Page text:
But for a candidate with a more moderate brand of conservatism, the road to securing the nomination will have to run through the Wolverine State. 

Beyond Michigan are more blue-collar voters in Ohio, Missouri, Illinois and Wisconsin. 

The primary calendar, DeCook says, is now shifting towards voters who have "a much more discerning" view of how a president should behave. 

Michiganders don't only want someone who can govern, she believes, but "someone who can govern with respect."

In other words, they may not be so easily sold on the Trump persona.

"I believe that's something that's true for Ohio, Illinois, Indiana, Pennsylvania — all states that haven't been tested yet," she said.

Testing ground for the fall

Jobs will be high on the minds of Michigan voters, as the state crawls back from economic downturn and a devastated manufacturing industry.

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Democratic presidential candidate Hillary Clinton is expected to win in Michigan, though her rival Bernie Sanders could blunt her lead with his repeated attacks on her support for 'disastrous' trade policies, a theme that may resonate with Michigan voters. (Rhona Wise/AFP/Getty Images)

"The state is a testing ground for issues that will be important in the fall," says Michael Traugott, a politics professor at that University of Michigan's Institute for Social Research.

"That includes manufacturing and trade, but also the pace and strength of the economic recovery, so a concern about the middle class plays very well with the Michigan electorate."

On the Democratic side, Sanders's campaign manager Jeff Weaver has called Michigan "a critical showdown," in part because of the Vermont senator's economic message condemning "unfair" trade pacts, specifically the North American Free Trade Agreement signed into law by Clinton's husband.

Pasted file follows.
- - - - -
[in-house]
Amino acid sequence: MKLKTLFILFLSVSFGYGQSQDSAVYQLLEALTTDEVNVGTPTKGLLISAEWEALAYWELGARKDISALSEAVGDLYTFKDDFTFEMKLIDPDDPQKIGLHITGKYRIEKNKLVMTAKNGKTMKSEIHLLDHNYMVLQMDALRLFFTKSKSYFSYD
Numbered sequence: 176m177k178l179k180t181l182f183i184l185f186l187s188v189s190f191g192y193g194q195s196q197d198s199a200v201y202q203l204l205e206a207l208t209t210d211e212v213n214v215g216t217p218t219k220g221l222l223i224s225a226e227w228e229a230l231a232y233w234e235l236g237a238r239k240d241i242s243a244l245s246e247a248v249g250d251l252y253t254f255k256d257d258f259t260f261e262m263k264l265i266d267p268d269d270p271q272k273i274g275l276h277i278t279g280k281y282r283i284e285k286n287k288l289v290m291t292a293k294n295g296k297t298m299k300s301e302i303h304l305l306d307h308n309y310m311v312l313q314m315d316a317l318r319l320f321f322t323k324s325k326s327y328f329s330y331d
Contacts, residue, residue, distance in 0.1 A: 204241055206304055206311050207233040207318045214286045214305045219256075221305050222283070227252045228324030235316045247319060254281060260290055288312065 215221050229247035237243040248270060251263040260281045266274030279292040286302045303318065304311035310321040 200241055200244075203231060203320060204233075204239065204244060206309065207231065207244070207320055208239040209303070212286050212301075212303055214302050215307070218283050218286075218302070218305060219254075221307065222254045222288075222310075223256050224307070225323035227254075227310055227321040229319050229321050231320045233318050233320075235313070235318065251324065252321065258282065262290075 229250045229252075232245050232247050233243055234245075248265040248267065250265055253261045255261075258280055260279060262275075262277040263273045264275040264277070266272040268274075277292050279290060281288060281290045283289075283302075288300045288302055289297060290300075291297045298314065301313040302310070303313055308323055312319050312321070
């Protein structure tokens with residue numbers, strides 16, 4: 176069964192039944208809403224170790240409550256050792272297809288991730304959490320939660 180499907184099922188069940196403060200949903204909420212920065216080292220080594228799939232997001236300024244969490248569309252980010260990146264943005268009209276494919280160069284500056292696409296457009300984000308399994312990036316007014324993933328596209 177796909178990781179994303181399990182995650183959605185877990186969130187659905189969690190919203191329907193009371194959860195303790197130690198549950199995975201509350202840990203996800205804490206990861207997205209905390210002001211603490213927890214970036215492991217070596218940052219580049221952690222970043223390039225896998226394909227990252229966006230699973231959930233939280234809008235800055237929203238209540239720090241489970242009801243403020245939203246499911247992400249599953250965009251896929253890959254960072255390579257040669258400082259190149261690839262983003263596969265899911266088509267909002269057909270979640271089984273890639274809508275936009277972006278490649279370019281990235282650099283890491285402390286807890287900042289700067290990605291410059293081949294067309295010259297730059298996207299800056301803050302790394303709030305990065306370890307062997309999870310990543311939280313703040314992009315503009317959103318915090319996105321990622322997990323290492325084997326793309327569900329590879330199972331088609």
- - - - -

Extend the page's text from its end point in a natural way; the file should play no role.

It's the kind of criticism that should appeal directly to Michigan voters. 

A good audience for Sanders

Sanders has argued that "bad" trade pacts have cost "millions of decent paying jobs" for Americans, a theme that is deeply felt in the Rust Belt.  

But Clinton is expected to win in Michigan, and was holding a 13-point lead on Sanders, according to a Monmouth University poll on Monday. 

Clinton has maintained a strong presence in Michigan, and reached out to the city of Flint amid its lead-poisoned water crisis. 

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Republican U.S. presidential candidate Donald Trump displays his hands as rivals Marco Rubio, Ted Cruz, and John Kasich look on during the U.S. Republican presidential candidates debate in Detroit, Michigan. (Jim Young/Reuters)

In January, Flint mayor Karen Weaver endorsed Clinton's candidacy, saying the former secretary of state was the only candidate from either party who offered to assist during the crisis.

"The issues that are brought up here — water, trade, manufacturing — those will resonate in all those [Rust Belt] states," says Mark Brewer, the former chair of the Michigan Democratic Party.

"Michigan is a bellwether state. If you can win in Michigan, you're talking about the issues in the right way, and you're appealing to voters in the right way."

Sanders laid into Clinton during the Flint debate over her support of "disastrous" trade policies, which he blamed for the loss of jobs in the manufacturing sector.

"The kind of message that Sanders is carrying about Clinton supporting those trade agreements can play very well here," Brewer said, suggesting it might blunt her lead.

If that message fails to connect, a significant loss would be a big sign of trouble ahead for his candidacy, making a Clinton nomination appear all the more inevitable. Pundits have questioned whether it would be worth it for Sanders to carry on.

In the Democratic primary, 130 delegates will be up for grabs. Republicans will battle over 59 delegates. Polls close at 8 p.m.